Site selection pushes China into a strong position to develop the new technology as South Africa's bid is sidelined by the environmental lobby

Reports that China has selected a site for a 195 MW pebble bed reactor has supported claims that the country plans to develop the world’s first commercially operated reactor using this technology. A consortium led by Huaneng Power International has reportedly chosen the city of Weihai on Shandong Province’s northeastern coast to build the gas-cooled plant. The proposed reactor could begin operations within five years. The consortium, which is preparing to apply for government approval, also includes China Nuclear Engineering and Construction (CNEC), and Tsinghua University. Huaneng is expected to control a 50% stake in the joint venture that will build the plant, CNEC 35% and Tsinghua 5%. The remaining 10% may be offered to other investors. The initial development costs of the plant are estimated at around $1,500/kW.

The Institute of Nuclear and New Energy Technology at Beijing’s Tsinghua University which operates 10 MW test pebble bed reactor outside Beijing, is providing the technology for the planned power station. It currently operates the world’s only operational pebble bed reactor.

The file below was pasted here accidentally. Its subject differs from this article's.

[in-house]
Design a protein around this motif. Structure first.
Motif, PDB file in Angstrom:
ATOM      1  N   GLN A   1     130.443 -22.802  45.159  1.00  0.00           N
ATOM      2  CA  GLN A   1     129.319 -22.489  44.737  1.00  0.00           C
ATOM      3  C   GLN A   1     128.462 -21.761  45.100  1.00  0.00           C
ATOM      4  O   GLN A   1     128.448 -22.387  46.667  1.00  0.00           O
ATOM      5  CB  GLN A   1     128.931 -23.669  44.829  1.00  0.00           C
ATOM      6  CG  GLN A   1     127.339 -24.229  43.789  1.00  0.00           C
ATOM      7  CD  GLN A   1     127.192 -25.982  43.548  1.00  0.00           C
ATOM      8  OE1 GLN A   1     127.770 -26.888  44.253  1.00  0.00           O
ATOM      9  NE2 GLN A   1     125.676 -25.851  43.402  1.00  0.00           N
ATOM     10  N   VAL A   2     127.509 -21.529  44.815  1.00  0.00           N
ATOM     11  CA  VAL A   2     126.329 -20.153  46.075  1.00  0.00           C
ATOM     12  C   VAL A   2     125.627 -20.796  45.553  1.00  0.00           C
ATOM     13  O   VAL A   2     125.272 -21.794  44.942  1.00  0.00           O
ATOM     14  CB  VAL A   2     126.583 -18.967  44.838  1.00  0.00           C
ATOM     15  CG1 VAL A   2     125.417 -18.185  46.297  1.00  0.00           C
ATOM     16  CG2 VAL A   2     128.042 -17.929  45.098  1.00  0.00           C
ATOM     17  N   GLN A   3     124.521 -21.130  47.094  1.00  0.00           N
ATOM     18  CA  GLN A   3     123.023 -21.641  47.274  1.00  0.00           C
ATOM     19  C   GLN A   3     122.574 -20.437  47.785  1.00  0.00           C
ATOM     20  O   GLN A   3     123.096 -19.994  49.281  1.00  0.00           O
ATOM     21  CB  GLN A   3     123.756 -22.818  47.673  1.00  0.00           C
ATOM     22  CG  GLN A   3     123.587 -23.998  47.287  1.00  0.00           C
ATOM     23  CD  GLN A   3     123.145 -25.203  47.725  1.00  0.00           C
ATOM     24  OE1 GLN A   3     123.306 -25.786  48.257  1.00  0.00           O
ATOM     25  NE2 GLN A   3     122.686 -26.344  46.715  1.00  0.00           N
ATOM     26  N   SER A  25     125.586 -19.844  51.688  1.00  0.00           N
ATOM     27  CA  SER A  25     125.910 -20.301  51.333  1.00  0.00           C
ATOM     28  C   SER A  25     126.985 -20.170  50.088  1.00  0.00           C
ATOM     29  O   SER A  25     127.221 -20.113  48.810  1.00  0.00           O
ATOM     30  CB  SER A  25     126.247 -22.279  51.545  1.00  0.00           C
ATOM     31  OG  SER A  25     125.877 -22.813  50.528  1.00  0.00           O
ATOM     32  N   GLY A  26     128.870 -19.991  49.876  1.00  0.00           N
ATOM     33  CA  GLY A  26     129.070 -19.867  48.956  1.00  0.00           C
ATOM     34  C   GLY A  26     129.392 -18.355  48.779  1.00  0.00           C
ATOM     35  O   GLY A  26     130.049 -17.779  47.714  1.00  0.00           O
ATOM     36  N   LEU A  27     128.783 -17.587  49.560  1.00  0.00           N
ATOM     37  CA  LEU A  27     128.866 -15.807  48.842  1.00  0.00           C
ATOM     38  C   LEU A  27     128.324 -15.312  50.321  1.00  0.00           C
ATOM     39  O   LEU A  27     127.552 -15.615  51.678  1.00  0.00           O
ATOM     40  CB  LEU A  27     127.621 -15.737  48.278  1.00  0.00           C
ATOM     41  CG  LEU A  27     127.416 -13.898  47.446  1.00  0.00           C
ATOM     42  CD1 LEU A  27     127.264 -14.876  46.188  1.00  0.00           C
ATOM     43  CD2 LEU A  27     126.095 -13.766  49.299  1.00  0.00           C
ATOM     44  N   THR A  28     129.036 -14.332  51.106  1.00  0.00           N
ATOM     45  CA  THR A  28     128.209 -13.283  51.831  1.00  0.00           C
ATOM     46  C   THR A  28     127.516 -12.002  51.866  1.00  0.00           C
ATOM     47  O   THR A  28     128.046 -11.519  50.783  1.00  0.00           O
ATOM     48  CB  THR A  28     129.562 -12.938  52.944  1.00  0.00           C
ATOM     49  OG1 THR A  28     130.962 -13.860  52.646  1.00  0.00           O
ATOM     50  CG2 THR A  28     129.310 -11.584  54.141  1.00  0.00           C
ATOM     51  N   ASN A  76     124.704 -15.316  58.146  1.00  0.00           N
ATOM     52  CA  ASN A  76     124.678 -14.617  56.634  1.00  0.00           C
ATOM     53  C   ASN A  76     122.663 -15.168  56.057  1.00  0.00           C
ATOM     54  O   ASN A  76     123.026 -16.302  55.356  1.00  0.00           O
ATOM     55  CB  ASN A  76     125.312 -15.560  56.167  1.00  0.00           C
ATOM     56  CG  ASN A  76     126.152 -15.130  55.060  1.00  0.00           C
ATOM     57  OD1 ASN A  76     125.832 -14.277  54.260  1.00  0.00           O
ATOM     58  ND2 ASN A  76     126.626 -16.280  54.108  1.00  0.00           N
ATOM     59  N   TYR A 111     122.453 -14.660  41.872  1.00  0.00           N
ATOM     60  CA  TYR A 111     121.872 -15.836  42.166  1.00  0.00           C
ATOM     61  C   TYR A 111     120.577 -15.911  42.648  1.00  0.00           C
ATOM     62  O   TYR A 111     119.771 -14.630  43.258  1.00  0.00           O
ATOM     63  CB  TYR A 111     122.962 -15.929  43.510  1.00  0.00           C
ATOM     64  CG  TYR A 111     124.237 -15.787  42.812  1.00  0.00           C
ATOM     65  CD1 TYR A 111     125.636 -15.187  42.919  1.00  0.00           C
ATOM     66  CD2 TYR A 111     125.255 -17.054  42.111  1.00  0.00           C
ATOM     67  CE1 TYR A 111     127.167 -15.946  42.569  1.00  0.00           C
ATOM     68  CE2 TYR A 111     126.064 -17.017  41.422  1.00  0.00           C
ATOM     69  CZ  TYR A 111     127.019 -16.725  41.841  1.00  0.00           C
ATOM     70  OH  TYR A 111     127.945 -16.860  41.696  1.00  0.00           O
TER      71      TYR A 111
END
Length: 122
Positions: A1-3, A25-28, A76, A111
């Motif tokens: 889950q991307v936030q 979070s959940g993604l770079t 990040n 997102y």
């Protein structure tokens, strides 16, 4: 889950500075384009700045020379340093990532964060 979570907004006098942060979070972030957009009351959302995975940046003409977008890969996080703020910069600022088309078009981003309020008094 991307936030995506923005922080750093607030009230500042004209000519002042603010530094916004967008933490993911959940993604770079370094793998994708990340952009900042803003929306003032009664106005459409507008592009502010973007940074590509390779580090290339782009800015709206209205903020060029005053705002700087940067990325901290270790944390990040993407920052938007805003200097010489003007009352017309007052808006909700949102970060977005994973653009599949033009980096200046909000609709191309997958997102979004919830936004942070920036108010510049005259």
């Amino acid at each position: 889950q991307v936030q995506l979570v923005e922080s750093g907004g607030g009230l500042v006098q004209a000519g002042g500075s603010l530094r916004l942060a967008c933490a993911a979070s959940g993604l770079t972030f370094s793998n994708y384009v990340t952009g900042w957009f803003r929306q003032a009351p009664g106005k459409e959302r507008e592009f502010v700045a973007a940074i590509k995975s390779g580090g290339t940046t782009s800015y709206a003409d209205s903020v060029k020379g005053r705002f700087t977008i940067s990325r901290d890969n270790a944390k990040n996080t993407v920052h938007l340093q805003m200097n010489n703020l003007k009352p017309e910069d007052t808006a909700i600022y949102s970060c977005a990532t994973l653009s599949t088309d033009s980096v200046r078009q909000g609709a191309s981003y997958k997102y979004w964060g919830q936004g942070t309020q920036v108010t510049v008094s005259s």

Developments in China contrast sharply with those in South Africa where energy giant Eskom is struggling to develop its own pebble bed reactor in the face of legal challenges from the environmental lobby. Earthlife Africa brought an action that challenged a June 2003 decision by Environmental Affairs and Tourism director-general Chippy Olver, which gave the environmental go-ahead for the project. The court ruled that the environmental impact assessment of the project had to be reconsidered, with interested parties given the opportunity to submit further written submissions before a new decision on Eskom’s application is made.

Eskom maintains that the Cape High Court decision to stop construction of its proposed 110 MW reactor at Koeberg need not affect its deadline for the start of construction, expected to commence in the first quarter of 2007. The Department of Environment Affairs plans to appeal.

The project has cost some R1.5 billion (€187 million) so far and some estimates have put the cost through to decommissioning of the pilot plant at R15 billion (€1.9 billion).